Co-written by Susan Seah, CEO & Founder @The Koa Club & Lisa Schmidt, Special Projects @The Koa Club
“Artificial intelligence (AI) is transforming how we live and work. But in this technological storm, our humanity remains crucial for success.” – Benjamin Rosen, Cybersecurity Analyst.
According to Wikipedia, the U.S. Army first came up with the term “soft skills” in the late 1960s to refer to any skill that did not involve the use of machinery. Today, “soft skills” generally refer to a broad set of personal attributes, social cues, communication abilities, and emotional intelligence that enable individuals to effectively navigate their professional and personal lives. Common examples of soft skills include adaptability, teamwork, leadership, communication, problem-solving, time management, conflict resolution, and creativity.
In recent years, however, the words “soft skills” have taken quite a beating. Not about the utility of soft skills, but rather, the use of the word “soft” is thought to be misleading, too touchy-feely or may suggest that they are just “nice to have” optional skills. You may have heard others refer to these types of skills as “interpersonal skills”, “people skills”, “essential skills”, “power skills” and even “human skills”.
On that last reference to “human skills”, it’s fascinating to note that studies have shown social emotional skills will be what sets us apart from AI in the workplace by 2030. Our ability to empathize, and more specifically, to understand and share feelings, will be our most valuable soft skill. It is not too far-fetched, in fact, to believe that companies will be focused on cultivating “soft skills” to keep their employee’s humanity. Yes, humanity!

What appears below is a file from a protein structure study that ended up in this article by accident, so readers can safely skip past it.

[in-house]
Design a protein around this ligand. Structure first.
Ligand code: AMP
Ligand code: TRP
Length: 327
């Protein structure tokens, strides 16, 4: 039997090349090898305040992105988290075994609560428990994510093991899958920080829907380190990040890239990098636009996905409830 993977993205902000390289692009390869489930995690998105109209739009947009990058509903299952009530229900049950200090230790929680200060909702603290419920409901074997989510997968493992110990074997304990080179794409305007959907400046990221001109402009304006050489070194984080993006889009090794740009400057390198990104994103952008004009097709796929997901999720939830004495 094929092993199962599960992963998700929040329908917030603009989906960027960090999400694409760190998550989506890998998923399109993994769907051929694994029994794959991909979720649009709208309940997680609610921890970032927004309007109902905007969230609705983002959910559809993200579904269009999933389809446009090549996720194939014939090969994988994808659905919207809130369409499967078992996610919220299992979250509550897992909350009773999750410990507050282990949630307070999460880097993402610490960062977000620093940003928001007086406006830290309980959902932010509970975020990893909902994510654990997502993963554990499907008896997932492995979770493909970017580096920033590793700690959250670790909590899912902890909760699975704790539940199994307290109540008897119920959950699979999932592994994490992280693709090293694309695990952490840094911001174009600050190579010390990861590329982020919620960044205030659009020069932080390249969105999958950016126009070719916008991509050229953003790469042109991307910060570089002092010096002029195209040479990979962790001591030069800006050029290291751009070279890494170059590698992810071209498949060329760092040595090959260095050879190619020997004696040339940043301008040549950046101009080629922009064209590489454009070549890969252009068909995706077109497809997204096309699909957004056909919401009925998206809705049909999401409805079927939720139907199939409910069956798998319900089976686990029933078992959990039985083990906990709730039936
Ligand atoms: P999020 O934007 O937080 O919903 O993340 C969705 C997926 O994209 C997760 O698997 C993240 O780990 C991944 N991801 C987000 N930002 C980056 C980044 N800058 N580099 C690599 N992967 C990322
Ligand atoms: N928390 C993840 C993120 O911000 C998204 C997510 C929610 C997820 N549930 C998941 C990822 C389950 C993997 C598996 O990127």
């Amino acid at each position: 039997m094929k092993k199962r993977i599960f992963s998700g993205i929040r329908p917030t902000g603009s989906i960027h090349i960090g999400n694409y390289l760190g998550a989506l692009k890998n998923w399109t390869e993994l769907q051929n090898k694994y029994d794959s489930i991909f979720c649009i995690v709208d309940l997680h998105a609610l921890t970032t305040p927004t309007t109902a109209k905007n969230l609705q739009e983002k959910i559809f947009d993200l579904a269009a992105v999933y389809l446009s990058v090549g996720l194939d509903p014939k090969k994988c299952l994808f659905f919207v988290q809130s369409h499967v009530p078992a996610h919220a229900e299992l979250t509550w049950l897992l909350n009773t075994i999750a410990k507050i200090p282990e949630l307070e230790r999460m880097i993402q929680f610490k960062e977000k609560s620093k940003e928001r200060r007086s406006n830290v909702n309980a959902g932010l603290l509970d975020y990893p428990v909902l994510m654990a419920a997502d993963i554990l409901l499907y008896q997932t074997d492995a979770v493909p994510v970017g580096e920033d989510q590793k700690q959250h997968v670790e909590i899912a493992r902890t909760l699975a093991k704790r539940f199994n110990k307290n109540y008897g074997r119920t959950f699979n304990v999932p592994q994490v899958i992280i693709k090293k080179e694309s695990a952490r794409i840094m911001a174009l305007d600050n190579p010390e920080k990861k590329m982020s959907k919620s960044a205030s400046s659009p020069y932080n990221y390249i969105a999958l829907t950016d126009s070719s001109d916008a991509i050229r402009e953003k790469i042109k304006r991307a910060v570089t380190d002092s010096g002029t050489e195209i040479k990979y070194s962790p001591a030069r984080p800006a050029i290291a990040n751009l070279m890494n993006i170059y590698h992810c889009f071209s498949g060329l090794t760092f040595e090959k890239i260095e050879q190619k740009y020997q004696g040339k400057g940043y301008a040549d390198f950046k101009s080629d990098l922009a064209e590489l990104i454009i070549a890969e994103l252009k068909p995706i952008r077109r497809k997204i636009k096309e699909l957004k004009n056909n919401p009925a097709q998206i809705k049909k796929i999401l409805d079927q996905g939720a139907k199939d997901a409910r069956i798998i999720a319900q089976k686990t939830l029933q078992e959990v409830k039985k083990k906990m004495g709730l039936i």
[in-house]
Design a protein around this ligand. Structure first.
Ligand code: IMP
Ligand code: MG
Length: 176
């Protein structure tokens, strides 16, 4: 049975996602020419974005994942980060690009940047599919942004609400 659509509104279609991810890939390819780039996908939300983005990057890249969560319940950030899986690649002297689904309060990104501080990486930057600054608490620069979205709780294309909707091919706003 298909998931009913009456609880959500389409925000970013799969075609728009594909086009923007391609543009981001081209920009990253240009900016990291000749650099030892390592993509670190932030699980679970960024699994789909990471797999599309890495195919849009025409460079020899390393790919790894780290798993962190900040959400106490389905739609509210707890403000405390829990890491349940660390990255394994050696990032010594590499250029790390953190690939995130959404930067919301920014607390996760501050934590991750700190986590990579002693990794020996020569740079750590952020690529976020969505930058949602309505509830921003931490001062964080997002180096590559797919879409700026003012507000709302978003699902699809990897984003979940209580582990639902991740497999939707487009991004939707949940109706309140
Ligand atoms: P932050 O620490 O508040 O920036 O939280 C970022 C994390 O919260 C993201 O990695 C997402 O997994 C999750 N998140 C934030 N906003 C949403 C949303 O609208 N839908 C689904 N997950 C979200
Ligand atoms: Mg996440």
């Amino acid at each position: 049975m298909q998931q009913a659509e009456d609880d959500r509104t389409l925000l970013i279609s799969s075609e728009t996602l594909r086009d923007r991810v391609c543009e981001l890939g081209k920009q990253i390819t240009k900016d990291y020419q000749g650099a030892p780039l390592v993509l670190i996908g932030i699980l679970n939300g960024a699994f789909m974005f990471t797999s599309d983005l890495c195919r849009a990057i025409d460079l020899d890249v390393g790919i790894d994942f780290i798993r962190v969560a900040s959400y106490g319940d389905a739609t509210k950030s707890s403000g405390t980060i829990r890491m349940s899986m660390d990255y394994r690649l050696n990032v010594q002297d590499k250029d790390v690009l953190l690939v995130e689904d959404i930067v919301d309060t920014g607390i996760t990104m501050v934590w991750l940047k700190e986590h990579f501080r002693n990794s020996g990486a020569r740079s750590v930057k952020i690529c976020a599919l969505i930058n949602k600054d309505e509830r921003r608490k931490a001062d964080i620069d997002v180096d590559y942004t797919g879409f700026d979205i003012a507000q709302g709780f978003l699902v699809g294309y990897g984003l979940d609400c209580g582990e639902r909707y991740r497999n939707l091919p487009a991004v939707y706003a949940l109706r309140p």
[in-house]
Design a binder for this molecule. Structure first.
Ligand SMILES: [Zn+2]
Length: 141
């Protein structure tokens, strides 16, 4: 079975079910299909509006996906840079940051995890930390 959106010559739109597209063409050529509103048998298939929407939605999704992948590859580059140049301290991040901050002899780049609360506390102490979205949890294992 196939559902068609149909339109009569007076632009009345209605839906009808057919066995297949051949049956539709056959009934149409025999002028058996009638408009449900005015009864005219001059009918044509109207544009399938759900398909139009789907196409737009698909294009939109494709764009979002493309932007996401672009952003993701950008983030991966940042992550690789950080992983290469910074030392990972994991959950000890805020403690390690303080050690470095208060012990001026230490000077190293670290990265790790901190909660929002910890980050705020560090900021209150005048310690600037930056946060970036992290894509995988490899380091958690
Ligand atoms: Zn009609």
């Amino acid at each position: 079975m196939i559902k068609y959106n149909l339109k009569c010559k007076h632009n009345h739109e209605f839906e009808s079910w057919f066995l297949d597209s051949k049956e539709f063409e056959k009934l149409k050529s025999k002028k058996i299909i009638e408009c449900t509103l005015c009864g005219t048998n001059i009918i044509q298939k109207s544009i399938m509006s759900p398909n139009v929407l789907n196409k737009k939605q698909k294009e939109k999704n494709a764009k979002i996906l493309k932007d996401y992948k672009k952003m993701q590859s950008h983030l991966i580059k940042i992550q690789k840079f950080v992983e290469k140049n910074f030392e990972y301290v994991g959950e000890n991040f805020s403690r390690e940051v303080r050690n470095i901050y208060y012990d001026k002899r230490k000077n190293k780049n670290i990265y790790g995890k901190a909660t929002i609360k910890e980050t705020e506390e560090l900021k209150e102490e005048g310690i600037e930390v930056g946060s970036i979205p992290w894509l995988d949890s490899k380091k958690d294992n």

The magic of “soft skills” include the following:
Build strong relationships: These skills are essential for building and maintaining strong relationships with coworkers, clients, and customers. The ability to communicate clearly, listen actively, and empathize with others can help build trust and rapport, leading to better collaboration and higher productivity.
Enhance career prospects: Employers often seek candidates with strong soft skills, as they are critical for working in diverse teams and adapting to changing work environments. They are thought to be better at handling new responsibilities and are more likely to be promoted to leadership positions.
Improve job performance: Soft skills can help individuals perform better in their current roles. The ability to manage time effectively, work collaboratively, and communicate clearly can lead to higher job satisfaction, better job performance, and a more fulfilling career.
Handle conflicts better: Soft skills are important in managing conflicts and resolving disputes in the workplace. The ability to negotiate, listen actively, and empathize with others can help diffuse tense situations and find mutually beneficial solutions.
No matter what we call these skills, it is well documented that improving these types of skills are of crucial importance to both individuals and the organizations they work for because they facilitate personal and professional development, career growth, and success in the workplace. It was found in a Stanford Research Institute/Carnegie Mellon Foundation study of Fortune 500 CEOs that these CEOs attributed 75% of their long-term success to soft skills and 25% to their hard skills.
That said, we hope you never stop to grow your arsenal of “soft skills” or whatever you may want to call them. We welcome you to join us in the Koa Network under the Collaborate for Success Huddle group to continue this discussion.
Learn. Connect. Lead.